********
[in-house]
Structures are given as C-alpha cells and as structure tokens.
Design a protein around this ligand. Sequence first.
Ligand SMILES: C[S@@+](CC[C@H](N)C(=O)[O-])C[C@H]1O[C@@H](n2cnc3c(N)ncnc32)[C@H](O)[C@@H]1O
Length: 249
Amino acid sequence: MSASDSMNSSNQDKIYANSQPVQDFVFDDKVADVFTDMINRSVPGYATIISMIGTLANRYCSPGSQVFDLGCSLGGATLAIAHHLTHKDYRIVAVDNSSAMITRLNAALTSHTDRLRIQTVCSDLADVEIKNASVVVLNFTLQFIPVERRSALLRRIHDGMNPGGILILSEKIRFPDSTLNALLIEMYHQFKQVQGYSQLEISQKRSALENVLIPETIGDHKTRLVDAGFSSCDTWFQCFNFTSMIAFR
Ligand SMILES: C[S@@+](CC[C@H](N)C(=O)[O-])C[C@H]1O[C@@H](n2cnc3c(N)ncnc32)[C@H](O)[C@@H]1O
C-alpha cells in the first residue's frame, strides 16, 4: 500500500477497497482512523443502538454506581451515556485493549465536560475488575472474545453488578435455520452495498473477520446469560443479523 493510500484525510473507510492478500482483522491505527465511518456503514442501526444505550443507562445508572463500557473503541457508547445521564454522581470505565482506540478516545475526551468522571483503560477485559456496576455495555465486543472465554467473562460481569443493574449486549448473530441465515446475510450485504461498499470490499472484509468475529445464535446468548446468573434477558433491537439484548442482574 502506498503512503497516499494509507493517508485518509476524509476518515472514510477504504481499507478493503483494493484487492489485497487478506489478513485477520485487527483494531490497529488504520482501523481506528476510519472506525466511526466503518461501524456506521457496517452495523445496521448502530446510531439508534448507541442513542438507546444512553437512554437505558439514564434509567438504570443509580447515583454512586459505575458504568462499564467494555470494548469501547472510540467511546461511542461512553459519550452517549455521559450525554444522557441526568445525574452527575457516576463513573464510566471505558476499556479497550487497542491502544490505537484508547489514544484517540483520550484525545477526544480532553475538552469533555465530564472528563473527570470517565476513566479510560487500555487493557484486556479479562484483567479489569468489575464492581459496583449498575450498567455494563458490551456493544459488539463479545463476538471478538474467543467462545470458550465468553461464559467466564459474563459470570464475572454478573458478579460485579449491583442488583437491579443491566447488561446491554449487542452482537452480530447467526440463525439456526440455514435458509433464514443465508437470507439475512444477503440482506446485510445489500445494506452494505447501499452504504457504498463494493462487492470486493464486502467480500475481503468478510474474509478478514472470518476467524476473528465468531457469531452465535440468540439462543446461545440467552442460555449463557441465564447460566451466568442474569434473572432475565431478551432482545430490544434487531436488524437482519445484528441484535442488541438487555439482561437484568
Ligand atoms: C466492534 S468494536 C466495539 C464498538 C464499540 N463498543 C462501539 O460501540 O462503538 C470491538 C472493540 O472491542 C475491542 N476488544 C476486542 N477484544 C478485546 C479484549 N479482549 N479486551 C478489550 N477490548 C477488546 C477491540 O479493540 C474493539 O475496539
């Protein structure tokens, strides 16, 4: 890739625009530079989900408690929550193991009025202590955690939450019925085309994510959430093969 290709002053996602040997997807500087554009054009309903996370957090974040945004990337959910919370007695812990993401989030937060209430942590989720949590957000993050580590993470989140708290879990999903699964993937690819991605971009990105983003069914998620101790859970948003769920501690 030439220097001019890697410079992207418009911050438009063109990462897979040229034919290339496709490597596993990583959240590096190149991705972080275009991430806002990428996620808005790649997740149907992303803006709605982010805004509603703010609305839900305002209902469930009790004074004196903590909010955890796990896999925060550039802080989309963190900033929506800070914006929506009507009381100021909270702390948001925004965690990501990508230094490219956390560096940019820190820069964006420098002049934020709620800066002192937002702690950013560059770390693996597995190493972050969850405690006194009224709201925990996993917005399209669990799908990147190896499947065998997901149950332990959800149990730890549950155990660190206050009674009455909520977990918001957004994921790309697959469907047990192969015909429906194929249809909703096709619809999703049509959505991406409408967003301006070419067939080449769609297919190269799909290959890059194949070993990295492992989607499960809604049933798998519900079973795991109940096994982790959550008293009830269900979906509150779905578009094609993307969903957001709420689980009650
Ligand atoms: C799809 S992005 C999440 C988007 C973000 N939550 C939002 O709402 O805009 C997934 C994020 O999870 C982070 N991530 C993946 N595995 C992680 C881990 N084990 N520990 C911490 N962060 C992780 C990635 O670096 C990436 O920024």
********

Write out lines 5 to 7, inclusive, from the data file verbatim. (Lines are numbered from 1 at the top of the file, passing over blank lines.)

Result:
Length: 249
Amino acid sequence: MSASDSMNSSNQDKIYANSQPVQDFVFDDKVADVFTDMINRSVPGYATIISMIGTLANRYCSPGSQVFDLGCSLGGATLAIAHHLTHKDYRIVAVDNSSAMITRLNAALTSHTDRLRIQTVCSDLADVEIKNASVVVLNFTLQFIPVERRSALLRRIHDGMNPGGILILSEKIRFPDSTLNALLIEMYHQFKQVQGYSQLEISQKRSALENVLIPETIGDHKTRLVDAGFSSCDTWFQCFNFTSMIAFR
Ligand SMILES: C[S@@+](CC[C@H](N)C(=O)[O-])C[C@H]1O[C@@H](n2cnc3c(N)ncnc32)[C@H](O)[C@@H]1O